We came to Israel, to the Atlit camp, on September 15, 1949. The next day on September 16, 1949, my mother took me and the baby Sham’a, who was born in Yemen and was three months old, to the bathhouse. There was a nurse there. She turned to my mother and said: “how will you manage to bathe with the both of them? Give me one and I'll hold her for you. That way you can bathe with the other one and then with the first.”
My mother gave her the baby girl and we bathed. When we left, there was no nurse and no baby. My mother said that the nurse might have taken her to the hospital or to be vaccinated. My mother's brother, who had been in the country for a while, looked with her all over Israel and in all the hospitals in the area and probably elsewhere, but they found no trace of the baby.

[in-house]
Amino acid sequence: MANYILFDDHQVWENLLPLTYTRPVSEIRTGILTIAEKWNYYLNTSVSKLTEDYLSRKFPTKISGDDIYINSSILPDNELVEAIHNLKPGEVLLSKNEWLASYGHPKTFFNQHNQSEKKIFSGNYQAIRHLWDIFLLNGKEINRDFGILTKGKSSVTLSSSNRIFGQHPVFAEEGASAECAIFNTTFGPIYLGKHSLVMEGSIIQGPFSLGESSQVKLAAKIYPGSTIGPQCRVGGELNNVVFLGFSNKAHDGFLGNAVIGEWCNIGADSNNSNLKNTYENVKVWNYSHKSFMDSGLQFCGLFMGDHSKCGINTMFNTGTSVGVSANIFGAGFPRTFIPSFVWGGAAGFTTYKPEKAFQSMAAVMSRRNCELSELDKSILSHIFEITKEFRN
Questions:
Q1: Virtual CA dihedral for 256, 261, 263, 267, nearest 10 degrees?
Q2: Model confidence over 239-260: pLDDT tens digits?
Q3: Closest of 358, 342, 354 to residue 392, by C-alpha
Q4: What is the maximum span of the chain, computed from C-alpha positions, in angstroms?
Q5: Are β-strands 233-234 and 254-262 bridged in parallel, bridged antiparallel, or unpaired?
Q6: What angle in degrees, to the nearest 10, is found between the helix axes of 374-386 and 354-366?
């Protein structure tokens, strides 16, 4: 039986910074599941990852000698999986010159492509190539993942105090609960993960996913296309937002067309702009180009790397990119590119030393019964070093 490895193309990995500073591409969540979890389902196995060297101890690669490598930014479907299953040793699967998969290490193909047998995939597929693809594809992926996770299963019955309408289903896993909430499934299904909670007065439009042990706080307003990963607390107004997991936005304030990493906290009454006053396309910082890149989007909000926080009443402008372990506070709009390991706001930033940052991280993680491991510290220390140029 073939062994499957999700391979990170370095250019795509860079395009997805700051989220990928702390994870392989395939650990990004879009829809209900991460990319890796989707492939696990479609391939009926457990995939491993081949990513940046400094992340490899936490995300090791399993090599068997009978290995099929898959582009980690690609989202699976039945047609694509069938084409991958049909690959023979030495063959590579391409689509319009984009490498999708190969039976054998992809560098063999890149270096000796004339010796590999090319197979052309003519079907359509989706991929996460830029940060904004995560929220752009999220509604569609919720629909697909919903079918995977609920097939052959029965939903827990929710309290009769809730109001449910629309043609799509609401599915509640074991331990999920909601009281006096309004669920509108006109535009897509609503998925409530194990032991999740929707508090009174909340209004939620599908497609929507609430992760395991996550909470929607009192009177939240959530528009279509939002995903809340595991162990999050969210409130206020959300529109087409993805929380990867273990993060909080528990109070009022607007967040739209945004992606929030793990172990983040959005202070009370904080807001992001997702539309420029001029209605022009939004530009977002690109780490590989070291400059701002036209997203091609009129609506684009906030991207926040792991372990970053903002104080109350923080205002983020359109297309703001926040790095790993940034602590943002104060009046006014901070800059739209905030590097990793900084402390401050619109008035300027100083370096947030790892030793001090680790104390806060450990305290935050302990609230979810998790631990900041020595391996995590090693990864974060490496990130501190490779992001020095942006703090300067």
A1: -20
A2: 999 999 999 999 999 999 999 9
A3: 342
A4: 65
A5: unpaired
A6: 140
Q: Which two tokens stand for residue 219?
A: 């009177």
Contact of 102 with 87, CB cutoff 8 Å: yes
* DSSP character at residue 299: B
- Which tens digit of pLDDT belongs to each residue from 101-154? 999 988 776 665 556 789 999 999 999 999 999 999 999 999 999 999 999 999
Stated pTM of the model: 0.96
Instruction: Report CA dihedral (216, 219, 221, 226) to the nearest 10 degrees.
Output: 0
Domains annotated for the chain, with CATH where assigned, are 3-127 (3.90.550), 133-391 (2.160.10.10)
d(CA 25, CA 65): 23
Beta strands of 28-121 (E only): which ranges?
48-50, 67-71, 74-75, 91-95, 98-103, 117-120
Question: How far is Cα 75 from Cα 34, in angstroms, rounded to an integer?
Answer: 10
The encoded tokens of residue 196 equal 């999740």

When Sham’a turned eighteen they came from the army to ask why she had not enlisted. My mother never talked about it and she was consumed by it. She used to say they took our girl and but would never say how. Two weeks before she died she told me the whole story.
Bracha Caalaf Zadok (Salah)